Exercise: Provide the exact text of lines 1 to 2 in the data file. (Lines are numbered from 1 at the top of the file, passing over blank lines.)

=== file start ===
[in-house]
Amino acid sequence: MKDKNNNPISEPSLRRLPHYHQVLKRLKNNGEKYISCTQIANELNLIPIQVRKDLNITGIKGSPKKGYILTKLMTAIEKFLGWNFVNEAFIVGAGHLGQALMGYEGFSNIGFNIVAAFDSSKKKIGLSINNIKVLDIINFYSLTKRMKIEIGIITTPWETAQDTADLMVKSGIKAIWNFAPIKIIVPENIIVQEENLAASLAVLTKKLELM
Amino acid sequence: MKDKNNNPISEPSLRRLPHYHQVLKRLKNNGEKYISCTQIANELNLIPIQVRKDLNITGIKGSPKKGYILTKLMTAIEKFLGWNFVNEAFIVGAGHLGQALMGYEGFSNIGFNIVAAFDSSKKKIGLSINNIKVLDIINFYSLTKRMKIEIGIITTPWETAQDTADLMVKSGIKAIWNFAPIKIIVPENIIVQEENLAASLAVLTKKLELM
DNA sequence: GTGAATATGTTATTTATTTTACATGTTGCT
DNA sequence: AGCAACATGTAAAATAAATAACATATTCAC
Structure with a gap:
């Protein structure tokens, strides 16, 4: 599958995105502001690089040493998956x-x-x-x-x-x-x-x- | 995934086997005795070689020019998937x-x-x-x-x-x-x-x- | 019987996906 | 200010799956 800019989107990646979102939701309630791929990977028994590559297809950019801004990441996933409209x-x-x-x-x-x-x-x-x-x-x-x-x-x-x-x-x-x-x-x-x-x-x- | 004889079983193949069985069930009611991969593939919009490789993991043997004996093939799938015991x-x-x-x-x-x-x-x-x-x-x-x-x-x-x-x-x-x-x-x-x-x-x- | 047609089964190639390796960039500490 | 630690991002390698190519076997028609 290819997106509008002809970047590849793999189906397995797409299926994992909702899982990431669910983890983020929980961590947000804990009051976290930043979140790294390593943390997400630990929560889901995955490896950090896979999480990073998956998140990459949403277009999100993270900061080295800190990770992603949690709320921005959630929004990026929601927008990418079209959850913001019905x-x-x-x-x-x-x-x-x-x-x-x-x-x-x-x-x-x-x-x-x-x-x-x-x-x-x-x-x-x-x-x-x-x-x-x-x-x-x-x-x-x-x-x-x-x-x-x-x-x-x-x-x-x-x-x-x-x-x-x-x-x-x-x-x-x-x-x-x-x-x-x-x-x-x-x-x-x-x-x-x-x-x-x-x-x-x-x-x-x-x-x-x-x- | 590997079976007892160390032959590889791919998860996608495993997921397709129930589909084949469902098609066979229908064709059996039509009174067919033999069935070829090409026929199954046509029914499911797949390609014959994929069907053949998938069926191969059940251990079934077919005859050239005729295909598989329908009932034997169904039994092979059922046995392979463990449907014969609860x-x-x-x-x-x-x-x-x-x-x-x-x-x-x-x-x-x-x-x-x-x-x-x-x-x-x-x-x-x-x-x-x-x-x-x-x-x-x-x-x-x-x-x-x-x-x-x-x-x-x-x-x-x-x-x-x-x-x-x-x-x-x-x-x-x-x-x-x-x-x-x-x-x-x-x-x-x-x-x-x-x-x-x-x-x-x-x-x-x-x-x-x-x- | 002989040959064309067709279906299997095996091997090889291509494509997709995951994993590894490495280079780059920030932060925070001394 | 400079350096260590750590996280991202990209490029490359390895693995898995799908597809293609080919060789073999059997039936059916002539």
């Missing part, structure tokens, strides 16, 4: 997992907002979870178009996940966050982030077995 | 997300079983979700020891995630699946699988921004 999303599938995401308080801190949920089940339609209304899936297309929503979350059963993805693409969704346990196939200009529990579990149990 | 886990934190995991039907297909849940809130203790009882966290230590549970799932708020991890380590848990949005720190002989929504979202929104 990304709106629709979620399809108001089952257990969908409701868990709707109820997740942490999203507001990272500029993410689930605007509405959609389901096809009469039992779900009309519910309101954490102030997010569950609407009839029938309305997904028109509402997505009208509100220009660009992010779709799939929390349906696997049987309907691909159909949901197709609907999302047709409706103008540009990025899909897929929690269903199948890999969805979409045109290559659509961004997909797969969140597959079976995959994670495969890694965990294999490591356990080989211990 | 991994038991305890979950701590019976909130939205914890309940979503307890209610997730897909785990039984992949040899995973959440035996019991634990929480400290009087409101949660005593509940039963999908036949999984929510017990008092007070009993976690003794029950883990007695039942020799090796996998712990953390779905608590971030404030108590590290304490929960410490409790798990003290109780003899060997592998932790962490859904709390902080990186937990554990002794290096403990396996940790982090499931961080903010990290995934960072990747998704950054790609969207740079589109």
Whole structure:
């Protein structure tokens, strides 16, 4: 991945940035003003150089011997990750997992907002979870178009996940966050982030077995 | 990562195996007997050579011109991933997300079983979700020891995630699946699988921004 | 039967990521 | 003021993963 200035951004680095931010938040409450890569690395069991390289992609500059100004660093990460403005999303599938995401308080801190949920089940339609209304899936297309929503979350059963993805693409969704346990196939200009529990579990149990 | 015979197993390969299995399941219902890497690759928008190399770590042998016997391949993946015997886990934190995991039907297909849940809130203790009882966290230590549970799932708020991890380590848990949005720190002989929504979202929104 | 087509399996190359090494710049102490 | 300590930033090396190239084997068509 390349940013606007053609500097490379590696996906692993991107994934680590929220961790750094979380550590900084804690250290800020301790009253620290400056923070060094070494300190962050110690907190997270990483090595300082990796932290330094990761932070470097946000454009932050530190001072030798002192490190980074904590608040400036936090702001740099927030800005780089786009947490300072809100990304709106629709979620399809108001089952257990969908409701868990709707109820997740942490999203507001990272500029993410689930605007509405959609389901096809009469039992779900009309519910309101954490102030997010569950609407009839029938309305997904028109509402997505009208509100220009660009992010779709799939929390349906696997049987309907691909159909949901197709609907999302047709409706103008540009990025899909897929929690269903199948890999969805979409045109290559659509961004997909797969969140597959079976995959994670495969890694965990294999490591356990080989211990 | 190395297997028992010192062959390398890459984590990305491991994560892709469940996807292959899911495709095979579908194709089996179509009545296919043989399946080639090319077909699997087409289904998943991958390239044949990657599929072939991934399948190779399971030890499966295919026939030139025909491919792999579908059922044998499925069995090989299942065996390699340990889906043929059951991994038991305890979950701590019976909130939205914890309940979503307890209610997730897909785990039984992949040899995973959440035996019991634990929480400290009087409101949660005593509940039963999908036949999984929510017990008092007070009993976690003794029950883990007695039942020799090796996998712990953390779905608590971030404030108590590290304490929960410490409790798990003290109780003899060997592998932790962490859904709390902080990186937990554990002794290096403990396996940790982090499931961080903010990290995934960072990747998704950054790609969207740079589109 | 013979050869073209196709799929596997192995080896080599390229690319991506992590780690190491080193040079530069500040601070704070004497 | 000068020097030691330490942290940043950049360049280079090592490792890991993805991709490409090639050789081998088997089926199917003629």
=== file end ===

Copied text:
[in-house]
Amino acid sequence: MKDKNNNPISEPSLRRLPHYHQVLKRLKNNGEKYISCTQIANELNLIPIQVRKDLNITGIKGSPKKGYILTKLMTAIEKFLGWNFVNEAFIVGAGHLGQALMGYEGFSNIGFNIVAAFDSSKKKIGLSINNIKVLDIINFYSLTKRMKIEIGIITTPWETAQDTADLMVKSGIKAIWNFAPIKIIVPENIIVQEENLAASLAVLTKKLELM